But Keith wasn’t the only hand on deck. He brought along a young, New York-based MC with him: Sir Menelik. Menelik was featured on four album tracks, starting with “Dr. Octagon,” and proved to be an excellent super-scientifical, fast-rhyming foil to Keith. And there was one final featured contributor who helped add to the album’s next-level sound: San Francisco’s DJ Q*Bert, who cuts on half of the album’s songs. The album originally came out on The Automator’s Bulk Recordings label in early 1996, with cover art by metal and punk cult hero visual artist Pushead. Pressing numbers weren’t huge, but as the year went on, the buzz grew, and a slightly expanded version of the album was released on James Lavelle’s London-based Mo Wax label.

                    Then Dan took an offer from newly-formed major label DreamWorks, to re-release the album with extra tracks in mid-1997. The new domestic pressing allowed for a bigger press push, as well as the group’s first and only video, for “Blue Flowers.” Beyond “Blue Flowers,” the album is chock-full of mind-bending tracks, like “Earth People”; the wacked-out but sincere love ballad “Girl Let Me Touch You”; the metal-tinged “I’m Destructive”; Q-Bert’s turntable workout “Bear Witness”; and, of course, freaky Keith skits like “Elective Surgery” and “General Hospital”. Dr. Octagonecologyst is one of the most unique rap records the genre has ever seen, and this is the perfect way to celebrate it – whether it’s the first time you have heard this mind-expanding record, or the three thousandth.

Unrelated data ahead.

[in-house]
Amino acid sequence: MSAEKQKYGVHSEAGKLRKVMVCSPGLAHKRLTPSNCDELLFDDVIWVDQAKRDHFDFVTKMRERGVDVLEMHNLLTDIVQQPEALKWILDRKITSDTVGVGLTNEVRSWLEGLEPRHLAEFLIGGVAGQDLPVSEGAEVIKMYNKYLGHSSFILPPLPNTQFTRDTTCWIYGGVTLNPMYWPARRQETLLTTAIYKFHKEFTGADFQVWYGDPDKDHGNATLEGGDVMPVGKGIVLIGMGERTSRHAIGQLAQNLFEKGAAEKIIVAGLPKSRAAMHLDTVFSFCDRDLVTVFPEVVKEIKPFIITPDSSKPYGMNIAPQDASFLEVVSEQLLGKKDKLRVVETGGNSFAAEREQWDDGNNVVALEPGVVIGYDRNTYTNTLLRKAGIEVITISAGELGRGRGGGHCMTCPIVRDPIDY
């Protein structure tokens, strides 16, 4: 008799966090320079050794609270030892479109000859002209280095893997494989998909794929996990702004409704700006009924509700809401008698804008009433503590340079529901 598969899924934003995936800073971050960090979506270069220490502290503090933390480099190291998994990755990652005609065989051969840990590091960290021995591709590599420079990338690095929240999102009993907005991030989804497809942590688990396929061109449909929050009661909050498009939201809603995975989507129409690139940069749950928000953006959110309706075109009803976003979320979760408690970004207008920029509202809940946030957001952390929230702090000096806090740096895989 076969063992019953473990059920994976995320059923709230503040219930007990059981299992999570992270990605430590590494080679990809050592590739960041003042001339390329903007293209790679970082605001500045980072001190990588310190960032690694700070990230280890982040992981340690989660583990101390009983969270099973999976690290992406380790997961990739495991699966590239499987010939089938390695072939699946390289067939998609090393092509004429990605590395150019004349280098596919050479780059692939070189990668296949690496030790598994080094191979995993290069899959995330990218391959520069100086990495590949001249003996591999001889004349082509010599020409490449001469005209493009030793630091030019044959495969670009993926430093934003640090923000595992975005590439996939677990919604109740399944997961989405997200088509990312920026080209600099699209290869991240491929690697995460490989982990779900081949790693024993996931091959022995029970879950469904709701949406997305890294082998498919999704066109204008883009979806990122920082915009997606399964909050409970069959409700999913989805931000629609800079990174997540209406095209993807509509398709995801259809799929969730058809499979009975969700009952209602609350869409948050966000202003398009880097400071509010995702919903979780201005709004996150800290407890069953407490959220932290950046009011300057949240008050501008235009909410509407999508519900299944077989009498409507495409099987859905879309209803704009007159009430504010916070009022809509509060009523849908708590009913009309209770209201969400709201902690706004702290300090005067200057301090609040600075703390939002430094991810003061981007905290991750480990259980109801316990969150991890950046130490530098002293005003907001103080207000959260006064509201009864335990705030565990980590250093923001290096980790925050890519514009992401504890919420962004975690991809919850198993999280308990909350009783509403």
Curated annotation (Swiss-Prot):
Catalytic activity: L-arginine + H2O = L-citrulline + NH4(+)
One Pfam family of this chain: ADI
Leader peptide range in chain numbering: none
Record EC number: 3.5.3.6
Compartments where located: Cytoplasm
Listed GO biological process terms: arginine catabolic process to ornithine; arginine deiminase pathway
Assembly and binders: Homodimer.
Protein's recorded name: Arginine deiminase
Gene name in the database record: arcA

FORMAT INFORMATION

                    3xLtd LP Info: 28-track set housed in a custom, octagonal box, with 5 unreleased songs (originals + remixes); original Pushead cover artwork; and 40 page liner notes booklet.

                    Augustus Pablo

                    This Is Augustus Pablo - Get On Down Edition

                    Augustus Pablo (Horace Swaby) was born just outside of Kingston. “I am a Kingstonian,” he told the NME in 1986, “but my heart is for the hills.” This mystical connection to “the hills” is at the heart of Pablo's unique and immediately identifiable sound. By the late '60s, Swaby and his brother Dougie had founded a small sound system they called Rockers. The brothers spent a lot of time in record shops, including Aquarius, where owner Herman Chin-Loy heard Swaby experimenting on his melodica and was struck by the inspiration to record. The resulting tune was credited to Augustus Pablo, a name that Chin-Loy invented, as the story goes, to give an air of mystery to the release. Pablo recorded two more singles soon after with “Java” becoming a major hit and being voted Instrumental Song Of The Year by Jamaica's Swing Magazine. This success led to the Randy's label moving to create a full-length album from Pablo. Recording in the Randy's studio upstairs from the record shop “we weren't watching the clock...we had the studio,” Clive Chin recalled. The band included a cast of the greatest reggae musicians of all time: future Wailer Tyrone Downie on keyboards, Aston “Family Man” Barrett, “Fully” Fullwood and Lloyd Parks on the bass, Carlton Barrett, “Santa” Davis and Lloyd “Tin Leg” Adams were on drums and Earl “Chinna” Smith played guitar. In addition to these future Hall of Famers, the mixing board was helmed by Errol Thompson. Thompson and Chin would together pioneer a tough, new reggae sound that, Chin referred to as “Rockers” after the Swaby brothers' Rockers Hi-Fi sound system. 'This Is Augustus Pablo' is considered among the greatest collections of Jamaican instrumental music and is an essential part of reggae history.